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The Hidden Game of Baseball: A Revolutionary Approach to Baseball and Its Statistics Hardcover – April, 1984

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Product Details

  • Hardcover: 419 pages
  • Publisher: Doubleday (April 1984)
  • Language: English
  • ISBN-10: 038518283X
  • ISBN-13: 978-0385182836
  • Product Dimensions: 9.5 x 6.2 x 1.5 inches
  • Shipping Weight: 1.4 pounds
  • Average Customer Review: 4.3 out of 5 stars  See all reviews (3 customer reviews)
  • Amazon Best Sellers Rank: #1,119,675 in Books (See Top 100 in Books)

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Most Helpful Customer Reviews

Format: Hardcover
This statistical treatise is one of the best early books on the statistical analysis of baseball - despite some time-worn flaws. Authors Rod Thorn and Pete Palmer wrote this book in 1983, as the home computer was coming in, and following on the heels of statistical guru Bill James. Unlike most sportswriters and ice-age baseball men, the authors understood why on-base-percentage and slugging percentage are keys while batting average means little. The authors examine the statistics of several key players, and show us what to look for. I mention flaws because their linear weights system of measuring players is rather flawed - Roy Smalley Jr. was NOT one of the top 100 players of all time. Despite some flaws in methodology, the authors were on the right track, and improved with their TOTAL BASEBALL books that followed.

Readers of this book should also look at just about anything written by Bill James.
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3 of 5 people found the following review helpful By Mark Cannon on December 30, 2004
Format: Hardcover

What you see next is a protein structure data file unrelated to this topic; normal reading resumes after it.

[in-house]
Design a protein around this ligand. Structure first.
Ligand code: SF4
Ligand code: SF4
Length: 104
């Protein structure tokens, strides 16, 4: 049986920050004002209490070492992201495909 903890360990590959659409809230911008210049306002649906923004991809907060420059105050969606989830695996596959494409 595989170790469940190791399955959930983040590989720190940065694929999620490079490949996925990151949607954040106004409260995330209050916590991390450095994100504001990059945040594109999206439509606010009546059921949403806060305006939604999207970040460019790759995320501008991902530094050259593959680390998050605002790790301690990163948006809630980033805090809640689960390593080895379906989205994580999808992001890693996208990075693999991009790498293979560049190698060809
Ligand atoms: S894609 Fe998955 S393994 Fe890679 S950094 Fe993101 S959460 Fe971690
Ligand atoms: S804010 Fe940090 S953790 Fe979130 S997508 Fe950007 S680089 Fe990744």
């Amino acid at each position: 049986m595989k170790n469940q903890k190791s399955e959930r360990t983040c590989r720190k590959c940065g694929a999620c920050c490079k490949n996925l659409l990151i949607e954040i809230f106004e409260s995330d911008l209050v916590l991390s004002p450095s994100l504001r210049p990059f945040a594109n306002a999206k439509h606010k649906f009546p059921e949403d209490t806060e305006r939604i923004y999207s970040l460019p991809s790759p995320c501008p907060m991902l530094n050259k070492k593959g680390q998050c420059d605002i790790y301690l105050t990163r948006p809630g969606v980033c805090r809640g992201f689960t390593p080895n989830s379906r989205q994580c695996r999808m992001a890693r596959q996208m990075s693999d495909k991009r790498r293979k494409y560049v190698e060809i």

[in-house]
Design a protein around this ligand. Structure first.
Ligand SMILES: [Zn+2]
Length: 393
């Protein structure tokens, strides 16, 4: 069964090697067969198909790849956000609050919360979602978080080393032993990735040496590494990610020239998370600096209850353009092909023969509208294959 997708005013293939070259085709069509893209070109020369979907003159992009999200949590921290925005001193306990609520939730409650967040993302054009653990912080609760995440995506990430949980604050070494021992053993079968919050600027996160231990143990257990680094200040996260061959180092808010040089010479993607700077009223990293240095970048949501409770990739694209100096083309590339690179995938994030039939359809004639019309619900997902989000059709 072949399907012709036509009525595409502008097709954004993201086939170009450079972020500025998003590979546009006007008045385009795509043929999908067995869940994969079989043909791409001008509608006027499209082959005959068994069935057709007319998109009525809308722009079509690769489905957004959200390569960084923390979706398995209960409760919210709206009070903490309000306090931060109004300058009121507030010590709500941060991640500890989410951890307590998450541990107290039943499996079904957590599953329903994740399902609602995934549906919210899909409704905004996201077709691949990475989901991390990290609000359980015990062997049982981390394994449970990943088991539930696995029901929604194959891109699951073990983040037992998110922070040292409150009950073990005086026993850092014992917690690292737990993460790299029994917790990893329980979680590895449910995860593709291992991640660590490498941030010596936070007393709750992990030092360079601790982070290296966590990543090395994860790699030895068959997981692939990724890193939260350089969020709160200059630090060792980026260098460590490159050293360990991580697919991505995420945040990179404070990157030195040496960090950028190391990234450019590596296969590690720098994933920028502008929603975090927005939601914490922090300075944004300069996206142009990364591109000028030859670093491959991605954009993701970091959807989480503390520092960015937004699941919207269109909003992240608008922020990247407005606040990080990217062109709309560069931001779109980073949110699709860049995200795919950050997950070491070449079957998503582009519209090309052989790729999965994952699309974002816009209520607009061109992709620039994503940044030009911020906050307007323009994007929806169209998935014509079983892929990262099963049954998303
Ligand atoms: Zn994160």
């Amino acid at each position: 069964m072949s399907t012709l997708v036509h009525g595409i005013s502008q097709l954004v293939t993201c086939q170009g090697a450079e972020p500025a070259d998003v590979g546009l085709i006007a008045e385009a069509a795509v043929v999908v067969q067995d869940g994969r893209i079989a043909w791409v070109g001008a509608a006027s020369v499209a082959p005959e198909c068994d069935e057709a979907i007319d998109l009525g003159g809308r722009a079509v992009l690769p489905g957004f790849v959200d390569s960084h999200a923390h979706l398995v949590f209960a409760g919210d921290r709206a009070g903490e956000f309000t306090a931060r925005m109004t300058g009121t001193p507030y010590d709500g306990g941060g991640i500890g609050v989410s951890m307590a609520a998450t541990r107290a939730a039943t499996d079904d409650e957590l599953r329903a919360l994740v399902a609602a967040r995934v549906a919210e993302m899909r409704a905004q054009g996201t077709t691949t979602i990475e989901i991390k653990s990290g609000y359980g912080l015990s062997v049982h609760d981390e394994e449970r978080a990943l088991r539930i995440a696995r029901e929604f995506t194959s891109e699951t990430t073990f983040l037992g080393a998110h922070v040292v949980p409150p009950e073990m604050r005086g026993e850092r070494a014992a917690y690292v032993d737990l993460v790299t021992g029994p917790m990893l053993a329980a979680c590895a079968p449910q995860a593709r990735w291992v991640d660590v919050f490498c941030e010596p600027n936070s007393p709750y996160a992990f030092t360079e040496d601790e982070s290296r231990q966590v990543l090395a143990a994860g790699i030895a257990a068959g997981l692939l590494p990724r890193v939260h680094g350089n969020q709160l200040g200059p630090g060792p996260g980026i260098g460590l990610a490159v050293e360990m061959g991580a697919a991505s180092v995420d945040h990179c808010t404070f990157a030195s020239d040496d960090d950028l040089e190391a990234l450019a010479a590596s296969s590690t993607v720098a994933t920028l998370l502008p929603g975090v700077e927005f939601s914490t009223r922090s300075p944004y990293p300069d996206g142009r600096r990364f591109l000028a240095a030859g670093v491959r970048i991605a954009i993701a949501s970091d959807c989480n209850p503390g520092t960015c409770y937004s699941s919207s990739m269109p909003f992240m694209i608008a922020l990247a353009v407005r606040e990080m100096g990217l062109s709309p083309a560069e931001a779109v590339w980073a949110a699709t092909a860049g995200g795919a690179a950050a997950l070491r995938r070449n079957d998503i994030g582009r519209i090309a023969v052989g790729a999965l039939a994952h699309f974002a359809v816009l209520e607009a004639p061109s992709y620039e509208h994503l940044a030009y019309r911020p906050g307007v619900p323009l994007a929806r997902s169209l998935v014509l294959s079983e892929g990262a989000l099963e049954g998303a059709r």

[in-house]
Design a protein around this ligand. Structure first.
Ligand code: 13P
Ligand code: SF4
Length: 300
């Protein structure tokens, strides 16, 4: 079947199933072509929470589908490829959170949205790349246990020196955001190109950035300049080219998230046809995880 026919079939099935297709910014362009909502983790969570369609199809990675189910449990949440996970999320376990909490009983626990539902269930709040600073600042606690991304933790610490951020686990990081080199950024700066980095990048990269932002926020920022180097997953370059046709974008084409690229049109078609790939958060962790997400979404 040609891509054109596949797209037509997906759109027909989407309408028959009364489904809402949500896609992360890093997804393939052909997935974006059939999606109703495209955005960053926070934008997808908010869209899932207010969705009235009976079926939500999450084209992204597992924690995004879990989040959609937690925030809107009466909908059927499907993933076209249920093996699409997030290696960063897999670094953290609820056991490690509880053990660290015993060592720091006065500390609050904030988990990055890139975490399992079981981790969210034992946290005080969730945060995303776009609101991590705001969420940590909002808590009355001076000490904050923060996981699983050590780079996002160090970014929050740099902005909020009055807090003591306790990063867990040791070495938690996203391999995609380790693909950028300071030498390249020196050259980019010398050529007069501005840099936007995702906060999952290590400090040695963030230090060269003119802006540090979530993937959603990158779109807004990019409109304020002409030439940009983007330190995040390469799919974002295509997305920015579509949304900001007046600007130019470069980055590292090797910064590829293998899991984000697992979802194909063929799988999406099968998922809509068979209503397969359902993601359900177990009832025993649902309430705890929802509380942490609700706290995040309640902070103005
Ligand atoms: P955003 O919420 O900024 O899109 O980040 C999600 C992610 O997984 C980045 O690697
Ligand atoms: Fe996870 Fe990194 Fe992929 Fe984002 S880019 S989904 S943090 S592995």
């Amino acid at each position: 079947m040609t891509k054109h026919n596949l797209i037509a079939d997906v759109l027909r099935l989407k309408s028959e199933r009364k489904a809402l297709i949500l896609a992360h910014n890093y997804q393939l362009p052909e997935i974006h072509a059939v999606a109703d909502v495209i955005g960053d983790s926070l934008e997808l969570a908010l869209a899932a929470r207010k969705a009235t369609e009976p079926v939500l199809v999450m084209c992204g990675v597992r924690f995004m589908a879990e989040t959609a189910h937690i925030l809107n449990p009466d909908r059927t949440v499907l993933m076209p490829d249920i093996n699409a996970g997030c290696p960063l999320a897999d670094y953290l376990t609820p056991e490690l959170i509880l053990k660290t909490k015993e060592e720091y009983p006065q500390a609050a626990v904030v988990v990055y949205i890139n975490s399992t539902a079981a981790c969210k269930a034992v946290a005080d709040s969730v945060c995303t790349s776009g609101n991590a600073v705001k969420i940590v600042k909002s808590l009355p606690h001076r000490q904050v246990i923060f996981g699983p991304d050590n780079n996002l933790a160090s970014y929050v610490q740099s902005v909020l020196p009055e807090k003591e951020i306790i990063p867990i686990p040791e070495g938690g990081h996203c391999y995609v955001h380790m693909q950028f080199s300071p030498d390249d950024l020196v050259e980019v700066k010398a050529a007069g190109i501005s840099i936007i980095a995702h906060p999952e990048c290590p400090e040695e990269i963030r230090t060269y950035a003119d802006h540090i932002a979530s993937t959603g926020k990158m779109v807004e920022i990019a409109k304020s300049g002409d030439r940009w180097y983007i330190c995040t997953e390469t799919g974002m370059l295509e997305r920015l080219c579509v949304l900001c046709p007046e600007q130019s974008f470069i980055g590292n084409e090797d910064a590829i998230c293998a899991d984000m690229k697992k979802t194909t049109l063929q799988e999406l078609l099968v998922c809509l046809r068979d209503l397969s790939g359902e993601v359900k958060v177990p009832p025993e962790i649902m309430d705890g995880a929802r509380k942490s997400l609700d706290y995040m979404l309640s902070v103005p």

This book was great for its time, and it's still very interesting and well worth a look. Contrary to what is said in another review, this book didn't "start" anything, and Bill James came first. But it was probably the first such comprehensive effort to evaluate and rank the players of all time using "sabermetrics," and for some years it remained the main such source and the main reference point for future efforts. I guess the high current prices for the book reflect this.

The methods have basic flaws, which have since been widely pointed out and (I believe) widely acknowledged. For example, the basic unit of measurement is "Linear Weights," in which each accomplishment, whether it be a single, home run, putout, assist, or anything else, is given a "weight," and then they are added together, and the total is normalized. But, as Bill James pointed out with an elegance that's hard to top, the method was doomed to be painfully limited, because "baseball offense isn't linear; it's geometric" -- meaning that the elements of offense combine in a way that goes beyond simply adding them together.

But the main flaw is that being "average" is used as the center for everything. Everyone is scored according to how far above or below average he is. The problem is that players who are "average" are assumed to have no value, and are given zero; players who are "below average" are given negative value. So, if a player has a long and successful career but is found to be "below average" by the method (example: Bobby Richardson), he winds up with NEGATIVE value, which is as though he's worse than nothing, worse than someone who plays just a couple of innings and gets released. Obviously, this is wrong, even if he truly was below average (which he wasn't).
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2 of 4 people found the following review helpful By Michael on August 20, 2003
Format: Hardcover
This was probably the first book to deal with Baseball from an anlytical standpoint and challenge "the book" (Ie., accepted strategies in MLB) and ask do the strategies managers use really work? It inspired the now famous Bill James and others to start their analytical inquiry into baseball. While not as humorous as Bill James work, it was the book that started the stathead phenomenon. Well worth reading if you're not already a stathead.
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